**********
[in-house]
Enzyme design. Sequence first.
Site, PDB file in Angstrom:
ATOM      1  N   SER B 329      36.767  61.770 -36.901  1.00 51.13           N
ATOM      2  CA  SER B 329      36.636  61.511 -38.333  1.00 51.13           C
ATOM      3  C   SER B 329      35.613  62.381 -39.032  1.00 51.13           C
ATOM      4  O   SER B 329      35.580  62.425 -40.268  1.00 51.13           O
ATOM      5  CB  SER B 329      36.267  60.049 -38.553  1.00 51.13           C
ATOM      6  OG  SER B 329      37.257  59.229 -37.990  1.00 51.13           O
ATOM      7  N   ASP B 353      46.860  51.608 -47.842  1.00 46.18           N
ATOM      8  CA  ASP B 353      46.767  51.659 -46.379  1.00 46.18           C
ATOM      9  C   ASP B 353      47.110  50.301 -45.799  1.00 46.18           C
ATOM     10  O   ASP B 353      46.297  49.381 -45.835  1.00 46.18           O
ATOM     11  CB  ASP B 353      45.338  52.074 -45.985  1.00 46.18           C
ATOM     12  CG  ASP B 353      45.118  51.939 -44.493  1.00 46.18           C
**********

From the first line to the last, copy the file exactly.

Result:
[in-house]
Enzyme design. Sequence first.
Site, PDB file in Angstrom:
ATOM      1  N   SER B 329      36.767  61.770 -36.901  1.00 51.13           N
ATOM      2  CA  SER B 329      36.636  61.511 -38.333  1.00 51.13           C
ATOM      3  C   SER B 329      35.613  62.381 -39.032  1.00 51.13           C
ATOM      4  O   SER B 329      35.580  62.425 -40.268  1.00 51.13           O
ATOM      5  CB  SER B 329      36.267  60.049 -38.553  1.00 51.13           C
ATOM      6  OG  SER B 329      37.257  59.229 -37.990  1.00 51.13           O
ATOM      7  N   ASP B 353      46.860  51.608 -47.842  1.00 46.18           N
ATOM      8  CA  ASP B 353      46.767  51.659 -46.379  1.00 46.18           C
ATOM      9  C   ASP B 353      47.110  50.301 -45.799  1.00 46.18           C
ATOM     10  O   ASP B 353      46.297  49.381 -45.835  1.00 46.18           O
ATOM     11  CB  ASP B 353      45.338  52.074 -45.985  1.00 46.18           C
ATOM     12  CG  ASP B 353      45.118  51.939 -44.493  1.00 46.18           C